Importing Pollinators:

To assist in pollinating your tomatoes, you can buy bumble bees or even mason bees from garden supply stores or sources of beneficial insects. Although releasing these insects can provide a short-term solution, keep in mind that they will need access to adjacent floral supplies in order to remain in your garden.

Reason 4: Lack of Fertility 

Tomatoes won’t have the amount of energy they require to produce fruit if they aren’t given sufficient nutrients. Potassium and phosphorus are especially important during the reproductive (fruiting) phase. While phosphorus boosts fruit harvests and ripening, potassium encourages the development of flowers.


Avoid feeding nitrogen to plants as they begin to bloom, and instead begin fertilizing with potassium and phosphorus. I prefer to side dress tomato plants with liquid or granulated kelp fertilizer twice a week by the plant’s base.

Reason 5: Temperature 

Tomatoes are a warm-weather crop that suffers greatly in the winter. Lower than 50°F temperatures have the potential to drastically slow tomato growth or perhaps destroy the blooms. 

In places that have high temperature during the day and low overnight temperatures, flower drop is a particular challenge. There’s no fruit if there are no flowers! Temperatures from 60°F and 85°F are ideal for tomatoes to bear fruit. 

When tomatoes are in their reproductive stage, heat might also be a problem. When they are under the effects of heat stress, they find it challenging to cling onto flowers. They may voluntarily drop their blossoms or cease flower production during an intense heat wave. If they are experiencing drought stress, this is very likely.

It can be too chilly and damp or too hot and dry if you have a lot of large blossoms but no tomatoes. Blossom drop occurs as a result, which will obviously make it much harder for plants to generate fruit. 


Use frost cloth or a low tent to cover your tomatoes if a cold front is anticipated. Look for southern heat-tolerant types that is going to set fruit in the blazing summer in areas that are extremely hot or humid.

Reason 6: Too Much Nitrogen 

Your tomato plants may not be fertile if they appear large and lush but aren’t bearing fruit.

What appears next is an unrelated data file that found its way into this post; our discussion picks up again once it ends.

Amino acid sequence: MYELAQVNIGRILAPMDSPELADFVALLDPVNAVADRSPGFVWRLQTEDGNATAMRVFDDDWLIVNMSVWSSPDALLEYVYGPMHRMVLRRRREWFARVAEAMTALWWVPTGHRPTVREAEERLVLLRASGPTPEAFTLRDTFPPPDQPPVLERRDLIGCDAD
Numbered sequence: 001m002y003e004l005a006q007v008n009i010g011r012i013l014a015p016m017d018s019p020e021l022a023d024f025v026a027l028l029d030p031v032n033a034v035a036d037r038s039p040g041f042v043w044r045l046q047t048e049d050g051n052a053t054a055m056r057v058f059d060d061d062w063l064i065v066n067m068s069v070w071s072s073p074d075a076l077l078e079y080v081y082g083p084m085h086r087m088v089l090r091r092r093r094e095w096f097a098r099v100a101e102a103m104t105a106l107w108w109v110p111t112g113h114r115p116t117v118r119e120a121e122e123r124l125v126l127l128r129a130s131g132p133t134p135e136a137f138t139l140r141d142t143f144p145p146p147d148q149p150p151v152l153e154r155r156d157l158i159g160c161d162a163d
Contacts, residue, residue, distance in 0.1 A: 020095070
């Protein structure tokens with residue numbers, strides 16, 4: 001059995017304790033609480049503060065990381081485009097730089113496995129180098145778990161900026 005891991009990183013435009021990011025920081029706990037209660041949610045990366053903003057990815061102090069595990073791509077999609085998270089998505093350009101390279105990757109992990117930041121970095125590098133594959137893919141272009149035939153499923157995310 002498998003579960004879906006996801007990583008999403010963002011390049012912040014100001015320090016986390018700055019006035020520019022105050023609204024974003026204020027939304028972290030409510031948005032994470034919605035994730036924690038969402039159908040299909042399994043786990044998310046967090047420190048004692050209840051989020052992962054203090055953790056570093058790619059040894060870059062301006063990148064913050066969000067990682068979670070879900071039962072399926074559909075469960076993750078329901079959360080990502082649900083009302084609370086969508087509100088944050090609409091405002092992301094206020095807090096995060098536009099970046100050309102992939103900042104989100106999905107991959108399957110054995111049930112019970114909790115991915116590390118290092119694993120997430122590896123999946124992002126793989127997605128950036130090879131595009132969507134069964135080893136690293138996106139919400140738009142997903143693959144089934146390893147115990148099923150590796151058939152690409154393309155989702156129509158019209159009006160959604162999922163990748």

A large amount of foliage but no tomatoes is a classic indicator of nitrogen overload. Also, yellowing foliage and stunted development can suggest a nitrogen deficit.

This may also occur if the soil is very alkaline, which would result in an excess of nitrogen availability.

Although nitrogen is obviously necessary for tomato plants to live, an excess can inhibit fruiting by causing an overgrowth of leaves. Without numerous blossoms, plants may appear excessively tall, leafy, and green. The plant may focus the majority of its energy on growing new leaves rather than on fruiting as a result of the imbalance in the fertilizer.


The solution to this tomato fruiting issue is prevention. When planting tomatoes, you should only provide a tiny amount of nitrogen. Because they release slowly and are less likely to result in nitrogen excess, organic fertilizers typically perform better. Avoid using concentrated nitrates, and always follow the directions on the fertilizer container. 

If you’ve already overfertilized your tomato plants, you can try deeply watering them to flush out some of the nitrogen or mulching the area surrounding the plants with carbon-rich material to help the soil become more neutral.

Alternatively, if you’re thinking of planting moldy potatoes, don’t. There are several reasons such as rotting issues, disease introduction, etc. 

Frequently Asked Questions (FAQs):

Why are tomatoes not growing fast?

The lack of sufficient warmth in the soil is one of the most frequent causes of tomato development being delayed. Contrary to popular belief, plants require warm soil for them to grow quickly. Since tomatoes require a lot of water, they can’t benefit from low temps like other plants may.

How do I know if my tomato plants are healthy?

Healthy tomato plants will have sturdy stems and velvety, medium- to dark-green leaves. If the leaves are yellow or pale, have dark or ragged regions or margins, or have mildew symptoms, it means they are not healthy.

What month is best for tomatoes?

It is typically advised to plant tomatoes in early to mid-May. As warm-season plants, tomatoes cannot withstand frost or extremely cold temperatures. So, plant them when the threat of frost has passed and the soil has the chance to warm up.

Wrapping Up

Hope I have resolved your question of why are there still no tomatoes in tomato plants.

Keep in mind that producing tomatoes takes time and careful attention to detail. It’s common to encounter obstacles along the way. But with the right attention, caring, you’ll soon be enjoying the fruits of your labor directly from your very own tomato plants.

That is all as of now. Have a terrific day!